Here what I found after adding the database to the availability group:
select ag.name as aag_name, ar.replica_server_name, d.name as database_name, has.current_state, has.failure_state_desc as failure_state, has.error_code, has.performed_seeding, has.start_time, has.completion_time, has.number_of_attempts from sys.dm_hadr_automatic_seeding as has join sys.availability_groups as ag on ag.group_id = has.ag_id join sys.availability_replicas as ar on ar.replica_id = has.ag_remote_replica_id join sys.databases as d on d.group_database_id = has.ag_db_id
select local_physical_seeding_id, remote_physical_seeding_id, local_database_name, @@servername as local_machine_name, remote_machine_name, role_desc as [role], transfer_rate_bytes_per_second, transferred_size_bytes / 1024 as transferred_size_KB, database_size_bytes / 1024 as database_size_KB, DATEADD(mi, DATEDIFF(mi, GETUTCDATE(), GETDATE()), start_time_utc) as start_time, DATEADD(mi, DATEDIFF(mi, GETUTCDATE(), GETDATE()), estimate_time_complete_utc) as estimate_time_complete, total_disk_io_wait_time_ms, total_network_wait_time_ms, is_compression_enabled from sys.dm_hadr_physical_seeding_stats
The WideWorldImportes database is not so big by default (roughly 455MB). The estimated duration to seed database is approximatively 1’14’’.
Let’s compare this little math by including the transfer rate that is estimated to ~ 42MB/s (transfer_rate_bytes_per_second column value) and the total size of data to transfer. We may deduce 455 / 42 ~=10s to transfer all the data.
Let’s now have a look at the SQL error log on the secondary. We may see information related to the seeding data operation.
The seeding operation has occurred between 19:15:53 and 19:16:08 so approximatively 15 seconds that is not so far to our previous math. The estimated duration to seed data based on start and estimated completion time seems to be less accurate than the transfer throughput but I think I need to perform further tests and investigations before coming to any conclusion.
In short, a pretty cool feature but my guess is that using direct seeding may not be suitable for all scenarios. One customer example that is off the top of my head is big databases that run inside availability groups. I had the opportunity to migrate SAP databases (~1TB) to SQL Server 2014 and availability groups : using direct seeding would not be use in this case. Indeed, direct seeding does not use compression by default (you can turn on compression with traceflag 1462) and we may easily imagine that seeding all data across the network may take a long time. We may change this default behaviour by using a special trace flag but at the cost of high CPU consumption. It is probably not a good idea if we plan to use the application immediately after adding the SAP to the concerned availability group. In addition, using log stream compression may hurt performance with heavily OLTP workload because it introduces latency by design. There is a tradeoff to find here … Therefore using backup / restore process seems to be the best option by playing with optimization techniques like compression, increasing the number of backup media files or changing MAXTRANSFERSIZE and BUFFERCOUNT parameter values.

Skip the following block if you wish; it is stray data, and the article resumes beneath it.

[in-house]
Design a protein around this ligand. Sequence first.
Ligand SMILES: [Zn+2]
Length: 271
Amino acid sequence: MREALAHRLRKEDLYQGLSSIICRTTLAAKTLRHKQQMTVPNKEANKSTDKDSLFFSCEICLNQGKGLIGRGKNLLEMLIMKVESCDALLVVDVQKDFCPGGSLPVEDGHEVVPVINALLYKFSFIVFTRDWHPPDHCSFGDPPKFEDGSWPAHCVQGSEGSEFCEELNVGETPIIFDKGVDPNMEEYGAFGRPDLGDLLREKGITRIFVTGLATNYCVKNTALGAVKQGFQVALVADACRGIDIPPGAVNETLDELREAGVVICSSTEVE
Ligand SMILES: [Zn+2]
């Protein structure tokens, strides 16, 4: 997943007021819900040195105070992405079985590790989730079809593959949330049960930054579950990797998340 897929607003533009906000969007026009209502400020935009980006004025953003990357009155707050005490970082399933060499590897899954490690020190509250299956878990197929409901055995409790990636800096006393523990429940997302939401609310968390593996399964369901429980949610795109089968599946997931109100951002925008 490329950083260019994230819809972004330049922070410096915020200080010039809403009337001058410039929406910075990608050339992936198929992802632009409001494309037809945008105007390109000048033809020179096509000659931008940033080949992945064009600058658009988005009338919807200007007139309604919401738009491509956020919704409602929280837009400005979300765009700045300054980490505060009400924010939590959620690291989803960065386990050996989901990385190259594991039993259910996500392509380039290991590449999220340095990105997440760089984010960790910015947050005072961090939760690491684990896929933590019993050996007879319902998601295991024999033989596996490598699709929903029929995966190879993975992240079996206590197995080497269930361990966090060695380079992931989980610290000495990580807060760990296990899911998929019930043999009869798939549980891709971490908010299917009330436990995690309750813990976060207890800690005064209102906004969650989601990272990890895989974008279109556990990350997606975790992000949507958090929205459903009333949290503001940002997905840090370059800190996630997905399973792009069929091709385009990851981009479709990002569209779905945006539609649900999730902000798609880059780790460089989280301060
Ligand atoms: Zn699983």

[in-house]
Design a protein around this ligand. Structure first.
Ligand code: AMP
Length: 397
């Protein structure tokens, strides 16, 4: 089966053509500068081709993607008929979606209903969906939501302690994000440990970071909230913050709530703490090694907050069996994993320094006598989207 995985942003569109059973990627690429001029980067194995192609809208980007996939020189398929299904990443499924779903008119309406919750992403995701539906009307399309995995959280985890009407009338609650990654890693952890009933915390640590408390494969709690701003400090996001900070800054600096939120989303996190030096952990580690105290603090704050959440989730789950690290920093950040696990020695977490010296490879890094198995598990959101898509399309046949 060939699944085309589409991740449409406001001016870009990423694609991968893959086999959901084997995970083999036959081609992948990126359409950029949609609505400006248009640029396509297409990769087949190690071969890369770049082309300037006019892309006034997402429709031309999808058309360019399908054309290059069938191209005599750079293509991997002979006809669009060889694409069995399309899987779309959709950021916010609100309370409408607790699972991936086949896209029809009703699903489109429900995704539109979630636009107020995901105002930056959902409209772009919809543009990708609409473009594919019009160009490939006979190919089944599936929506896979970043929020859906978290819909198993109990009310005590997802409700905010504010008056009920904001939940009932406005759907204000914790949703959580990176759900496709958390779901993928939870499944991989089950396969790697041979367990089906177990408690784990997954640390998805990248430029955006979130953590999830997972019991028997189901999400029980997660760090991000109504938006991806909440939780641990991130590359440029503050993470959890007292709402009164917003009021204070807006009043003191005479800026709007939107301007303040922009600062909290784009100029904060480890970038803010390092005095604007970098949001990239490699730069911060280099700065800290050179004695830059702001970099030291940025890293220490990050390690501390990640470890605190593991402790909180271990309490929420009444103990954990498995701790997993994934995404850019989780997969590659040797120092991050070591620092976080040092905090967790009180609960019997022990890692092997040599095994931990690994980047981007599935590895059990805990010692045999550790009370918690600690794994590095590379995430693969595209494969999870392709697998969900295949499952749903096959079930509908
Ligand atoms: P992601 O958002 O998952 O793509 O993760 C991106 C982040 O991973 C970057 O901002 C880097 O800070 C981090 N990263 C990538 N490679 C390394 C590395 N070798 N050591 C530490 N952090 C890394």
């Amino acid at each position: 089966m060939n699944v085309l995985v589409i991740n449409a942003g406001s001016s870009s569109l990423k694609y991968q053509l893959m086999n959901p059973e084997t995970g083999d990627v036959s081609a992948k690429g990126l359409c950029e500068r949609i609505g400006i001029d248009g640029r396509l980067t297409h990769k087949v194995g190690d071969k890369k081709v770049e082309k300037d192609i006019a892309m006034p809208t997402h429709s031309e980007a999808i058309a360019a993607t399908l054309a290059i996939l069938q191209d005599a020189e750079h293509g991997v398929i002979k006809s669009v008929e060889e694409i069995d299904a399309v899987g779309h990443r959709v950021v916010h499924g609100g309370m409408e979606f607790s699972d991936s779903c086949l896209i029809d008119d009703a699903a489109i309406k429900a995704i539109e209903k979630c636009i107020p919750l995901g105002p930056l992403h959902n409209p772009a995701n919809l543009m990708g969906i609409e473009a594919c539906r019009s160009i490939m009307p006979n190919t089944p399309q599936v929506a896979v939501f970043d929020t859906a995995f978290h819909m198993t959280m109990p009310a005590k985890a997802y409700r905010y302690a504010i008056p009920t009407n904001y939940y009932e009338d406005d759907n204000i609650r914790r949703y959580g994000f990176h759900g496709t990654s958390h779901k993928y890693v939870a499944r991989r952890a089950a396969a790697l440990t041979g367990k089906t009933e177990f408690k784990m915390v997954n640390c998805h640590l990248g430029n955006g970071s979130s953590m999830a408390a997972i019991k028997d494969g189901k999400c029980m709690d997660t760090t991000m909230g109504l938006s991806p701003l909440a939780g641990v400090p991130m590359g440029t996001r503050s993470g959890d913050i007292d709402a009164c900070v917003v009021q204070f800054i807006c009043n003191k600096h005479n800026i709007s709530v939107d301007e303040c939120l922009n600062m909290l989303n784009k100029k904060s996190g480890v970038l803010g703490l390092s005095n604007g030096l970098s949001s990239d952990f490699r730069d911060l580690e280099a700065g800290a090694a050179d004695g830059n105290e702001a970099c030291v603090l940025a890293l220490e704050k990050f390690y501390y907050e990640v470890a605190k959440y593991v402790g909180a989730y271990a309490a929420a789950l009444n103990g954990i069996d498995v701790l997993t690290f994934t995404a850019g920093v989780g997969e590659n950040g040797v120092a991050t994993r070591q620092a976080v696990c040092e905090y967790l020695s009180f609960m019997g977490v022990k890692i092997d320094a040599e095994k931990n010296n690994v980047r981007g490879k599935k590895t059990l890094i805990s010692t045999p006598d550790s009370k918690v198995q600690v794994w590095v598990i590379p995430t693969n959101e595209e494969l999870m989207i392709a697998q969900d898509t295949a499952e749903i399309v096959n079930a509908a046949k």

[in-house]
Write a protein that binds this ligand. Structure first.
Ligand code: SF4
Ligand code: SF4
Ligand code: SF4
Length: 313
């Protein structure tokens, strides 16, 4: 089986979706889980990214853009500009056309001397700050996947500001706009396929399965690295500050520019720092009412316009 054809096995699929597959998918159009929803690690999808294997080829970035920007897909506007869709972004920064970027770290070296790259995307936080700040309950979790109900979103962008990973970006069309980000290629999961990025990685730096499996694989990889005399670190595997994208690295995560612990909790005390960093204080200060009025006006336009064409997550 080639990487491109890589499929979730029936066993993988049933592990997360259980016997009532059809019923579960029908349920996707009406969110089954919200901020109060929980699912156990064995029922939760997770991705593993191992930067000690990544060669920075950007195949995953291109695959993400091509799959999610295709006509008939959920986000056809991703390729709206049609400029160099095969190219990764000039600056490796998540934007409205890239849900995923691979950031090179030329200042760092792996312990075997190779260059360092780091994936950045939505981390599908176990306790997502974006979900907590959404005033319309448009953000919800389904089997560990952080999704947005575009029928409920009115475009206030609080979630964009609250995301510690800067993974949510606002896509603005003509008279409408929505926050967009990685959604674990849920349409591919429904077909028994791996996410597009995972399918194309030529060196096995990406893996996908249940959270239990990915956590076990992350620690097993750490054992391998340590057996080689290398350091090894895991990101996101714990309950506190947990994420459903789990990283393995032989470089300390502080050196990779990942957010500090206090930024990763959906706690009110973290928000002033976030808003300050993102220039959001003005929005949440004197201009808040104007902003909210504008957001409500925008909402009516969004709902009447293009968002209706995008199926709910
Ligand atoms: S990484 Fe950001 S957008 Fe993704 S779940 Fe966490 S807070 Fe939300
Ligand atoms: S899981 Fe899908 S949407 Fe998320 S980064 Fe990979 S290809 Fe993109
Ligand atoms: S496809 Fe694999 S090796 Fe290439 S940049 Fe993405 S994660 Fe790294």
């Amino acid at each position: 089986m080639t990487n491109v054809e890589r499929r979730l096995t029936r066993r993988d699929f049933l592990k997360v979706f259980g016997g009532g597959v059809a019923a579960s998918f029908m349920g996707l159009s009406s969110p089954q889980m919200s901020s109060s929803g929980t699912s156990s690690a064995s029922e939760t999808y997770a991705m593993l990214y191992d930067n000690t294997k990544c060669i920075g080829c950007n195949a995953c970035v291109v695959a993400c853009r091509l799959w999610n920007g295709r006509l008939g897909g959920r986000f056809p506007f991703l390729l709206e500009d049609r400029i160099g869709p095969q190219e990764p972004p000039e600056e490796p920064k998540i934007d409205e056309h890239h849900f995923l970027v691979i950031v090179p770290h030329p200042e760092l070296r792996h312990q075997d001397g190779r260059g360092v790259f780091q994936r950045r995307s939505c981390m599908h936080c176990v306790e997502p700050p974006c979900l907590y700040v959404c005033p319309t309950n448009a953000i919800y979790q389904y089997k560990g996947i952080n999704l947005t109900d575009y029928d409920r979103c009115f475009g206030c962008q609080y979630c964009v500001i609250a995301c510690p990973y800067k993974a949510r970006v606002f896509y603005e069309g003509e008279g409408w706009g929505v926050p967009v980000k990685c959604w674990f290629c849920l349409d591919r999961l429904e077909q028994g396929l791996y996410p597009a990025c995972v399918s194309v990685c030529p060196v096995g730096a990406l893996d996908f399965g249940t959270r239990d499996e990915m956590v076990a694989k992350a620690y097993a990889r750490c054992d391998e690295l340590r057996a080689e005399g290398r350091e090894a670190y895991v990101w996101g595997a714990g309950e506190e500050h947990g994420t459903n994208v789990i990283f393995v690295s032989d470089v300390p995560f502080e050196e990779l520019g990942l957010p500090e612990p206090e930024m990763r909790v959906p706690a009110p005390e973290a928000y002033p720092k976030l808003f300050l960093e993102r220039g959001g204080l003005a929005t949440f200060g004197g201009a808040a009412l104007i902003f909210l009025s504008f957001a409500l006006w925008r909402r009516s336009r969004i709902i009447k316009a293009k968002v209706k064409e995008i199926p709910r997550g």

One another scenario that comes to mind concerns databases migration with thousands of databases at the same time. Which is the fastest way to migrate all these databases? Adding them to the availability group and let the system to seed database data across the network to each secondary or perform a copy of database files on each secondary and chose skip initial data synchronization? At this point I need to investigate further to answer.
One another important thing is that direct seeding is not part of the availability group wizard GUI. You have probably noticed that I don’t use it in this blog post and this is an intended behaviour. A connect item has already been created by Brent Ozar here. Please feel free to vote!
By David Barbarin